4) Natasha Lyonne – “Orange Is The New Black”
PK: This was actually the first season of “It’s Always Sunny” I didn’t watch, and now I feel like I need to binge it. Though I also feel like if the Emmys finally start showing them love now, it’s a bit too little too late. But my No. 4 pick would be an example of the voters actually being with the times, which is rare. I went back and forth between which of the dozen or so women on “Orange Is The New Black” I wanted to vouch for — I’d actually be all for a “Modern Family”-style sweep of the category by the “Orange” ladies. And while I wouldn’t be surprised or unhappy if at least Kate Mulgrew or Laverne Cox got in, I’m pulling for Natasha Lyonne.  Playing former drug addict Nicky, Lyonne’s storyline clearly hit a bit close to home (she’s been very open about her own struggles with drugs), but instead of just seeming like obvious casting, Lyonne created someone so real and surprising and funny in Nicky despite that process surely being a personal challenge for her.
4) Max Greenfield – “New Girl”

BT: Lyonne’s come a long way since “American Pie,” both in her personal life and as an actress. Leaning on the “life imitating art” parallels could prove a fruitful Emmys campaign strategy for a show I expect to get lots of love. One that won’t, and really doesn’t deserve much, is “New Girl,” a passable and sporadically creative sitcom that hit a wall in season three despite adding the comic talents of Damon Wayans Jr. Still, the one mainstay is Max Greenfield who plays Schmidt with such contagious verve it’s hard not to imitate his fast-talking diction post-viewing. He earned a nomination two years ago, and he deserves one again for the 2013-14 season, if only for thriving under the most ill-fated circumstances. He’s the star of a show frustratingly determined to put him in the back seat.

3) Debra Lawrance – “Please Like Me”

PK: I didn’t know anyone still watched “New Girl”!? I joke, and can do nothing but respect that opinion since its been a season or two since I saw what Greenfield brought to that table. But I digress, and offer my vouch for the least likely nominee on my top six: Debra Lawrance in “Please Like Me.” I know: Who? What? To which I say: If you have not heard of “Please Like Me” you should immediately find a way to watch its first season. The Australian import — which got picked up for US release on Pivot (and as a result I don’t even know if it’s eligible for Emmy consideration) — is a half-hour comedy-drama based on the autobiographical stand-up of 26-year-old gay Aussie comedian Josh Thomas. It’s pretty stellar for a bunch of reasons, veteran actress Lawrance (yes, I’m spelling that correctly) not least among them. Playing Thomas’ suicidal mother, she offers up an extraordinary mix of vulnerability and — despite the whole suicidal part — laughs. Frankly, I’m mostly just using this as a forum to get people to watch the show, since I think it’s more likely the Emmys collectively nominate every single person we list here than Lawrance.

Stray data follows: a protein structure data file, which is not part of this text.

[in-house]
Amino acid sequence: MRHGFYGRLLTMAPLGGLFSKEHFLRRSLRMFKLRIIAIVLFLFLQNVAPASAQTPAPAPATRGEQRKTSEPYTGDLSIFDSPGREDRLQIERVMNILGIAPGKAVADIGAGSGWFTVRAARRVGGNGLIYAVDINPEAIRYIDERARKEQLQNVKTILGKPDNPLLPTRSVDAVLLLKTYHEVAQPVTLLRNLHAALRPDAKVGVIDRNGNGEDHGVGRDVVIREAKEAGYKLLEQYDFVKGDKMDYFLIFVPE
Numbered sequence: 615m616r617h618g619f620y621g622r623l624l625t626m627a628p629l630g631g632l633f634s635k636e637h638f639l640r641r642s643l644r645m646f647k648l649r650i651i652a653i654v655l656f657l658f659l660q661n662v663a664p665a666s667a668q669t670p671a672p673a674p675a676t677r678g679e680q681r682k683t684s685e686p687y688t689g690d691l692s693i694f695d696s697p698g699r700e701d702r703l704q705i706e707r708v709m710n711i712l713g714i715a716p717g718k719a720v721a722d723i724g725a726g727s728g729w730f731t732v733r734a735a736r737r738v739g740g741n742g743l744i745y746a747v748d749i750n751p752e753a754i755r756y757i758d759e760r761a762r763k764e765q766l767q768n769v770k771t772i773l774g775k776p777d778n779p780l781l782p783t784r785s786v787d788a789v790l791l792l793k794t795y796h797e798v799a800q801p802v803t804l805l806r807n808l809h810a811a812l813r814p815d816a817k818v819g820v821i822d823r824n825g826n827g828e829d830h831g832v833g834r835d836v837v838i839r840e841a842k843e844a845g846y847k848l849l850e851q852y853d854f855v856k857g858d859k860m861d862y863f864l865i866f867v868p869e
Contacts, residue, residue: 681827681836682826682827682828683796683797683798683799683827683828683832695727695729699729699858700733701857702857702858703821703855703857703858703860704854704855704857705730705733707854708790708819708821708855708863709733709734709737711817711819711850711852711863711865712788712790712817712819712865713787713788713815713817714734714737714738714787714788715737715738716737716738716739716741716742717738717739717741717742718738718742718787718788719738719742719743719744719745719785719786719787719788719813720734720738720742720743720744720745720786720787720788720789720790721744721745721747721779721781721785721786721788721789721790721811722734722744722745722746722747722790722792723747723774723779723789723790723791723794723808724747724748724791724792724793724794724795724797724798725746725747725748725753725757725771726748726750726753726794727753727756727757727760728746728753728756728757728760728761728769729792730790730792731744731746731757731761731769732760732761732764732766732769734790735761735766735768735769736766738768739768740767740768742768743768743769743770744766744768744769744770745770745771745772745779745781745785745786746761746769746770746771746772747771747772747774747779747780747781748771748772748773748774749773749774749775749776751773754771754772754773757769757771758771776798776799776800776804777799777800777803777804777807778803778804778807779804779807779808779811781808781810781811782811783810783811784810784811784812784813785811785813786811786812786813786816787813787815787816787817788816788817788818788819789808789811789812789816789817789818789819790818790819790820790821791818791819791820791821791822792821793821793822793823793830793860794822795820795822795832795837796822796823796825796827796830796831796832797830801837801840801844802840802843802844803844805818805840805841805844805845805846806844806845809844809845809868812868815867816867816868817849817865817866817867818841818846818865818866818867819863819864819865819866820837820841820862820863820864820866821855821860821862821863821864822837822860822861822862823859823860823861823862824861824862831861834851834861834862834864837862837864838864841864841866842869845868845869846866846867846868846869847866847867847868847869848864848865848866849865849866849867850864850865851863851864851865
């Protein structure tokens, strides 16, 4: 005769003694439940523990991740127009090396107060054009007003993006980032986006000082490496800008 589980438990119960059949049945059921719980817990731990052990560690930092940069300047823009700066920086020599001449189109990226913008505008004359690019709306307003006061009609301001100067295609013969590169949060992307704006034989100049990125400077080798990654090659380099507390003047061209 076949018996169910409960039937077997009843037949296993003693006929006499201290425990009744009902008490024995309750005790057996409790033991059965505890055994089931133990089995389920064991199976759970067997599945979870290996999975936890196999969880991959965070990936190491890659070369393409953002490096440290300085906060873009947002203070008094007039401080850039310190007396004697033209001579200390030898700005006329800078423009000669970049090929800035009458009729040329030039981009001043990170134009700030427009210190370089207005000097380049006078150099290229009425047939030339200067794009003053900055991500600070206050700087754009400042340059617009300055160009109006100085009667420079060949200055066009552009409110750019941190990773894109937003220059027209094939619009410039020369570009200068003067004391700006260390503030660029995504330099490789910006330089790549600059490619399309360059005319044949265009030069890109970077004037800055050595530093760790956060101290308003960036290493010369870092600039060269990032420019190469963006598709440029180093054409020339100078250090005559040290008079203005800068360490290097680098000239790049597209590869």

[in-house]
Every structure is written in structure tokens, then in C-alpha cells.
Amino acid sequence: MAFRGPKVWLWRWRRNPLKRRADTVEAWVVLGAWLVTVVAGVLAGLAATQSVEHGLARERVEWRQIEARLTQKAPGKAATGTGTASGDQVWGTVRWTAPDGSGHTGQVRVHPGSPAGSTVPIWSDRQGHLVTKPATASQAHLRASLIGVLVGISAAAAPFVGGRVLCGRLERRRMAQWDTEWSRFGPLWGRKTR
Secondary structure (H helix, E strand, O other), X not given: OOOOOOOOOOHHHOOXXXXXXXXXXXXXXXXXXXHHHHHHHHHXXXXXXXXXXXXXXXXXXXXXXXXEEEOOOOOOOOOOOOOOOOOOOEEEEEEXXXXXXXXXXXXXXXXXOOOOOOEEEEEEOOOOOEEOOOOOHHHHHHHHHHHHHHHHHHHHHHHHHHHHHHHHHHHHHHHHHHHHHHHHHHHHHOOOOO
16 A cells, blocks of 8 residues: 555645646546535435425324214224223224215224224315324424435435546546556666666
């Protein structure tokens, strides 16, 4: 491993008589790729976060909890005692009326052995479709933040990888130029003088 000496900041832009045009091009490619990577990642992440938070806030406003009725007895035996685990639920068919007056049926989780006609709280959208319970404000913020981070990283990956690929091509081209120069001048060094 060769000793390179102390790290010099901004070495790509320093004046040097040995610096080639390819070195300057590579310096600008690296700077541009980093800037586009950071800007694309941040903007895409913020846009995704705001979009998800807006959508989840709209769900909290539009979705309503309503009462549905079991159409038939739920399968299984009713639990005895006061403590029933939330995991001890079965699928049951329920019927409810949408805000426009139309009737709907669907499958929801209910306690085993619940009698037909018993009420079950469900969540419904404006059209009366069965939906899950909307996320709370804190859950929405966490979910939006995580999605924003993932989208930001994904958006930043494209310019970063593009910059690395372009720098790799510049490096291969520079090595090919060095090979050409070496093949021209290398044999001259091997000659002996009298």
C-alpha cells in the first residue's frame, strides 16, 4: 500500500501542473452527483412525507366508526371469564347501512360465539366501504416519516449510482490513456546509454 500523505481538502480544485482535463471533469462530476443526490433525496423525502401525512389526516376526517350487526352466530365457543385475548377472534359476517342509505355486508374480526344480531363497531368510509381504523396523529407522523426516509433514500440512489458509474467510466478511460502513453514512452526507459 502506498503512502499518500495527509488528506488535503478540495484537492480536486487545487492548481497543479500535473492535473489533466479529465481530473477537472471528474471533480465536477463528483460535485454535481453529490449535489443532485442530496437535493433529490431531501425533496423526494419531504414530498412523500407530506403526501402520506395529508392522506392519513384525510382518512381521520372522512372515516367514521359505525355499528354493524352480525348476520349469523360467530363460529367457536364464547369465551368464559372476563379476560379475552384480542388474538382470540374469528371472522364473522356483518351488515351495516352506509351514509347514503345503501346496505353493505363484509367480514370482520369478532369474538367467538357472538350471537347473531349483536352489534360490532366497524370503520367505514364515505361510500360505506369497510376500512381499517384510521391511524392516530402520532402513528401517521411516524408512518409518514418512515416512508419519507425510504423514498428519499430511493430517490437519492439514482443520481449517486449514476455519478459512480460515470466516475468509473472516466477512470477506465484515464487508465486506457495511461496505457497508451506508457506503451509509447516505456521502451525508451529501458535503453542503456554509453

3) Danny Pudi – “Community”
BT: You caught me. I’m as ignorant to “Please Like Me” as anyone can be, but your pitch certainly won me over. Consider it on my pirating, I mean, streaming list. As for me, I’m going to throw one more oldie — but a goodie — on the heap I’m quickly establishing of yesteryear’s favorites. Whether or not “Community” is saved, Danny Pudi remains the unheralded hero of the ex-NBC sitcom. While the cult hit has earned one Emmy nomination for writing and even a win for animation (for “Abed’s Uncontrollable Christmas”), none of the fine ensemble has earned any recognition from the television academy. It’s time that changed. Pudi, who recently unveiled his character’s older-than-expected age, has brought an unprecedented mix of immaturity and knowledge to the show’s most mysterious persona — and its most necessary. Abed really is the glue holding the Greendale gang together, and Pudi has pulled off cleverly meta, cluelessly ignorant, borderline Aspergers, and wholly lovable, many times all at once. His range within a single character is what impresses.
2) Michaela Watkins – “Trophy Wife”